Why Is It Easy to Confuse a Logo With a Brand?
If someone asked you off the top of your head to explain the difference between a logo and a brand, could you? If you’re in marketing you probably could, but could you explain it to a client without using any of your profession’s jargon? That’s a lot harder, and it is one of the reasons why many entrepreneurs and business managers confuse the two regularly. This leads to misconceptions like the idea that is the be-all end-all of branding. That’s just not how it works, though. Here’s the simple way to conceptualize things: Your brand is your total pitch to customers based on your position and values, and the logo is its calling card. Understanding how they are different involves understanding what defines each and how they intersect.
Building a Brand: What to Do Before Designing a Logo
Your logo is important because eventually, customers will associate many of the brand’s characteristics with it. The important thing to remember is that this happens over time, as a natural part of the proliferation of your brand. There is no killer design for a logo that will automatically bring all the emotional characteristics of your brand together, only tactics that will help you set the logo up to easily gain those meanings and associations as customers learn more about your brand.
Setting up a good brand with a consistent character is the first step in that process, and that starts with research into the customers you want to reach. Learn their needs, their values, and the things that will make your business more attractive to them than the competition, and then build an idea of the character or personality that would deliver on them. That personality is the brand itself. Think of it like a fictional spokesperson, and try to find a way to deliver a consistent “voice.”
The next step is the brand identity, and logo design is part of it. Brand design is all about creating a visual identity, so that means the colours, typography, tone and word choice in textual communications, iconography, and even data visualization techniques should all work together. Start by working out two or three colours that will make up your brand’s main colour scheme, and plan to use them in the logo. Then consider using tints and shades to provide more depth in spaces like web pages and infographics, where you might need more colours to fill out the visual design. Similarly, your typography should be simple, with no more than two fonts and consistent, so it’s easy to associate with your brand.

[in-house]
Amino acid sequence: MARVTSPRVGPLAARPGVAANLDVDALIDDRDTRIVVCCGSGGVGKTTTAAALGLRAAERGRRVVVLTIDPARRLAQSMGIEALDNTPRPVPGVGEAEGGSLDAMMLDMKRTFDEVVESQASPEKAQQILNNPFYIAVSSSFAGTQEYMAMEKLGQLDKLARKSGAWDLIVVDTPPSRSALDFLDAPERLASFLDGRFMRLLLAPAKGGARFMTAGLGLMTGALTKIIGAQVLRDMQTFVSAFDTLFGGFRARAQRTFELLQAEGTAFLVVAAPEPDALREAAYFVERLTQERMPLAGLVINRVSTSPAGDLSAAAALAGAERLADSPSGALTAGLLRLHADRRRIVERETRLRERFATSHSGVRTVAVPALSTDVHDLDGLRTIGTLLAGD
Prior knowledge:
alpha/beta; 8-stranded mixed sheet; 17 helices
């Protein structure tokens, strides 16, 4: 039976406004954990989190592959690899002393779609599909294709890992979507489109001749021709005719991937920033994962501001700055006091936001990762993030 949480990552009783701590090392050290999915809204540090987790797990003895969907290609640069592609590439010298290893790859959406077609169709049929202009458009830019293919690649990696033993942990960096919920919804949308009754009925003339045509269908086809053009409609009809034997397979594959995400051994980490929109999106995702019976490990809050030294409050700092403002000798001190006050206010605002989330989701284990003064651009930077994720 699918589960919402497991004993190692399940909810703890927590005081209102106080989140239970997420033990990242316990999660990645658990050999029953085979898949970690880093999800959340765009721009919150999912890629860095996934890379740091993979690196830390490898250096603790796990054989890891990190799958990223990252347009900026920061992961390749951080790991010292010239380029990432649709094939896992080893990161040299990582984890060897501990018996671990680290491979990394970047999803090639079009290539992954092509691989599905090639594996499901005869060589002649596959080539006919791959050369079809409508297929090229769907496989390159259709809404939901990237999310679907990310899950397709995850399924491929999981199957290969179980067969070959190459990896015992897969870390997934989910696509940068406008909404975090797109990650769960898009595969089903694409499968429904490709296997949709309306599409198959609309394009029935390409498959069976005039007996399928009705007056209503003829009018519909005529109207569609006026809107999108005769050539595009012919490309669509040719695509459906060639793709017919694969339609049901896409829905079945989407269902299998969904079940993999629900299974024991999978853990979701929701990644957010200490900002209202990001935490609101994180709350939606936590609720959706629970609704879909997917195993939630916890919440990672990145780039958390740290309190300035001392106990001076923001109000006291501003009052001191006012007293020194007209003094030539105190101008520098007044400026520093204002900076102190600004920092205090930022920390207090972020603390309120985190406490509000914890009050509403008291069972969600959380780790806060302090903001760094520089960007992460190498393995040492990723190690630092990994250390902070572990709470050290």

Approaching Company Logo Design
After you have a firm concept for your brand and some basic visual presentation choices out of the way, it’s time to look at designing that logo. By now, it should be easy to see how it is different from the brand itself. The reason it tends to pick up the emotional associations with the brand’s deeper character features is because of its use in your communications. This is going to be partly determined by the design itself, so there are choices to be made about how your brand character presents to an audience directly in the logo. The key is to remember the logo is an icon. On its own, it can only convey a simple meaning, but once it is understood in the context of the brand’s other communications, it will take on new associations.
Since the logo is such a crucial part of a brand identity package, it’s a good idea to bring in professionals like KKP Printing to help. Creative pros who specialize in brand identity packages know how to construct a logo to do the work of standing out as a symbol of the brand’s character and how to integrate it smoothly into other communication materials in the brand identity package. That includes consulting with your company on how to best present the rules for use of your logo in the brand style guide. The logo needs to work with the other elements of brand identity to support the emotional messaging that makes an appeal to your customers, otherwise it winds up looking out of place. The rest of the brand identity package includes:
- Brand style guide choices about colours and typography
- Word choice and tone
- Social media presence
- Marketing Materials
The list above is not comprehensive, but it does cover the basic features of an identity package that every brand should be prepared to address.
The Logo is a piece the Brand, But It Isn’t the entire Brand
The best logos are simple enough to be easy to remember, symbolic of the brand in some easy to understand way, and consistent with the brand’s image in colour choice and typography. Often, it’s some stylized graphic design based on the company’s name or initials. Other times, it’s an icon that is easily understood to represent the company, like the Apple logo. It’s very important that professionals work together to construct a brand carefully compiling the details of its identity and understand how they all come together.
If you’re working to connect your brand to a solid plan for visual representation across all the media you are marketing through, you need to consider asking for help. Building a business necessarily involves learning which functions are core to your concerns and which ones can be delegated or contracted out. When you don’t have a lot of experience with, working with and experienced creative team can give you the tools you need to move forward with a consistent identity and the strategy guide that makes it easy for your employees to implement it in all your company’s customer-facing communications.
Do you need help with your logo design, and brand identity? Contact your local experts at KKP!
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